In New Zealand there is a strong case to be made for increasing the availability of IPS services across the country.
Recent research reports the inequity of access to supported employment services across the country, and that where there are IPS services, there is not enough employment support resource for the number of people who want help to get a job. People in contact with mental health and addiction services actively want to work, yet have very low levels of employment participation – despite IPS practices being known to effectively support people to get and keep a job.
Articles 26 and 27 of the United Nations Convention on the Rights of Persons with Disabilities specifically highlight the inequity of disabled people in relation to employment participation and explicitly call for better access to quality employment support services.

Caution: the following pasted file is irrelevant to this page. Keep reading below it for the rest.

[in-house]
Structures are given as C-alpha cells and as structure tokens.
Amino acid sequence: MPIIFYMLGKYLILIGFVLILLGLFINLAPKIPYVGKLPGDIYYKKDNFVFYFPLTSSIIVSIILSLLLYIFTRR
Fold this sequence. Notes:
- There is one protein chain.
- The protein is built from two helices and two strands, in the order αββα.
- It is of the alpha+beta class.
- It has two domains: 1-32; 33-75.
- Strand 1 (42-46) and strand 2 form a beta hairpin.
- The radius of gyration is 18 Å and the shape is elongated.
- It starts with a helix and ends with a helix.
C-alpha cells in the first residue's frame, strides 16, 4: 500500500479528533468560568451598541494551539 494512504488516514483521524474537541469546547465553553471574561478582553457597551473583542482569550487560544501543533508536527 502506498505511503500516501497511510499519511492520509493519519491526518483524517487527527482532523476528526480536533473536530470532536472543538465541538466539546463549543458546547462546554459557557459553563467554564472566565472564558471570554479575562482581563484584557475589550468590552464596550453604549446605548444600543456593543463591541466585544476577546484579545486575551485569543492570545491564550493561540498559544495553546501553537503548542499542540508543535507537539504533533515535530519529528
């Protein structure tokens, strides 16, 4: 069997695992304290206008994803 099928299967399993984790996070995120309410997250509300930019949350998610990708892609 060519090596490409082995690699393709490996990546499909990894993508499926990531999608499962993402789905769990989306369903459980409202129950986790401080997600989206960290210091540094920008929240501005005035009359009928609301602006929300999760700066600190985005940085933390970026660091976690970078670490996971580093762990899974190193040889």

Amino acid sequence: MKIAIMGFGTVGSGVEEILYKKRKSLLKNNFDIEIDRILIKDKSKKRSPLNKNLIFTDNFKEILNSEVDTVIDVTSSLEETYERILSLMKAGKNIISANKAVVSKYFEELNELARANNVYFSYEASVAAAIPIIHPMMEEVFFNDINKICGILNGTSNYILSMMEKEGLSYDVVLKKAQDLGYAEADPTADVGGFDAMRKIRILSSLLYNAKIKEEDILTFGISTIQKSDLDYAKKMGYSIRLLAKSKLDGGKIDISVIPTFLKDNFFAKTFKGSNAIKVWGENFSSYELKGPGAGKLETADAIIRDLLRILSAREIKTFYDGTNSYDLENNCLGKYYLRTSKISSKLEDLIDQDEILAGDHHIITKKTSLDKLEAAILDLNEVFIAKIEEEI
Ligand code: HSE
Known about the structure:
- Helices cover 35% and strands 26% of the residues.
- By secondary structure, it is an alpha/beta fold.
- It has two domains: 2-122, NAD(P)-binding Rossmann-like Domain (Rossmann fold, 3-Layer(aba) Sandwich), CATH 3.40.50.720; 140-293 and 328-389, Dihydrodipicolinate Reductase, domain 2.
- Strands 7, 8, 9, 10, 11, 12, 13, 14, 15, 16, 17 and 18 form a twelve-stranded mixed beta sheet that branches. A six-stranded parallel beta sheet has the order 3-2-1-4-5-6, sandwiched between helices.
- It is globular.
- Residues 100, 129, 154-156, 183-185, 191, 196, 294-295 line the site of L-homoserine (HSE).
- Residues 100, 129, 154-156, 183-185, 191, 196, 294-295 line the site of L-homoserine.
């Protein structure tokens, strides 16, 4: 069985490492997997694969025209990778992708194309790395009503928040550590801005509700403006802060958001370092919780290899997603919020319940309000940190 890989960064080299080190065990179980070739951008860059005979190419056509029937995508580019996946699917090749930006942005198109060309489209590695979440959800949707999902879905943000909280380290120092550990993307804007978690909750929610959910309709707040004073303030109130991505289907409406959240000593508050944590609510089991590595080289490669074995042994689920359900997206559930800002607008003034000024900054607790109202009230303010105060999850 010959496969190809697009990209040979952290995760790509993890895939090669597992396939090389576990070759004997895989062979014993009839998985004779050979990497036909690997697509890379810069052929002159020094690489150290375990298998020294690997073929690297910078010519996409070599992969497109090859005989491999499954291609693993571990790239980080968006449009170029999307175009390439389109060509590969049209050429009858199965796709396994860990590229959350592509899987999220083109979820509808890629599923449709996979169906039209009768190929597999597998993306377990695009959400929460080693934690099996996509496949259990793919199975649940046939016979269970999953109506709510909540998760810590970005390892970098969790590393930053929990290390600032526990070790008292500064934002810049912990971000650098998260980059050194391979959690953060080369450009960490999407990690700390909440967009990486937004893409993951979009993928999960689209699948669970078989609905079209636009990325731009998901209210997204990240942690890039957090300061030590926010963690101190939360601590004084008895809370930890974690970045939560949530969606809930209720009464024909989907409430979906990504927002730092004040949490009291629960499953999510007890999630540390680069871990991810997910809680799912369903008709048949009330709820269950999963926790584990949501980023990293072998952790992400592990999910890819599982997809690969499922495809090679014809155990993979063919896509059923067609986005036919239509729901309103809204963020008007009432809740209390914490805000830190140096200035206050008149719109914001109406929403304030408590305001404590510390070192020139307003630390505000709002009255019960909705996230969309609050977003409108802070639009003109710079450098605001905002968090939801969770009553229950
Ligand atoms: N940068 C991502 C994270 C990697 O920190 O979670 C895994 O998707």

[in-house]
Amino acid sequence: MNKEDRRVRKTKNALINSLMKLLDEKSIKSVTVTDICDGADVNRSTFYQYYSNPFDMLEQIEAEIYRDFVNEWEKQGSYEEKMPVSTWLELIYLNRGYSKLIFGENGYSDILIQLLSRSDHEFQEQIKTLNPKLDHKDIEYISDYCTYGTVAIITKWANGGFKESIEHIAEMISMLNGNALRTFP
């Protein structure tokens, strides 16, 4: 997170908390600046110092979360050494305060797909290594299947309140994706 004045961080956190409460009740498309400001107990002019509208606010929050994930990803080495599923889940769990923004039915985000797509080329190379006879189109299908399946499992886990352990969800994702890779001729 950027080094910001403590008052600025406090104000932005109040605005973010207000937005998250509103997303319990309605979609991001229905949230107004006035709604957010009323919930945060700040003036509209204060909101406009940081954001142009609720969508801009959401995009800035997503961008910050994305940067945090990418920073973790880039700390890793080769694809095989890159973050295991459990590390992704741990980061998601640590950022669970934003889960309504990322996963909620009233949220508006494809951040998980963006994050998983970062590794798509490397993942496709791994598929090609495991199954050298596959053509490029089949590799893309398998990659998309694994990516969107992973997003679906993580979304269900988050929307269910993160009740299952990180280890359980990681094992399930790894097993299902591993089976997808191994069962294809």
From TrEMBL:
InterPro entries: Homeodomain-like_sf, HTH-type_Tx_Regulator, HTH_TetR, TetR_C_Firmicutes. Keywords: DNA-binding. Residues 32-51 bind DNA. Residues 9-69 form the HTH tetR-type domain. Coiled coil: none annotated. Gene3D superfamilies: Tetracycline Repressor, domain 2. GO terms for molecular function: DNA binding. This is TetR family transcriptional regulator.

Supporting people who experience mental health conditions and addictions benefits individuals and family/whānau. The costs of providing the supported employment services are easily recouped through the outcomes they obtain.
Lockett, H., Waghorn, G., Kydd, R. & Chant, D. (2016). Predictive validity of evidence-based practices in supported employment: a systematic review and meta-analysis. Mental Health Review Journal, 21(4), 261-281.
OECD (2018), Mental Health and Work: New Zealand, Mental Health and Work, OECD Publishing, Paris. Retrieved from https://doi.org/10.1787/9789264307315-en.
Priest, B. (2018). IPS implementation support in New Zealand. [PowerPoint template]. Retreived from Work Counts.
OECD Mental Health and Work: New Zealand Report Released in December 2018, this report informs how to increase access to evidence-based practices in mental health and employment in New Zealand.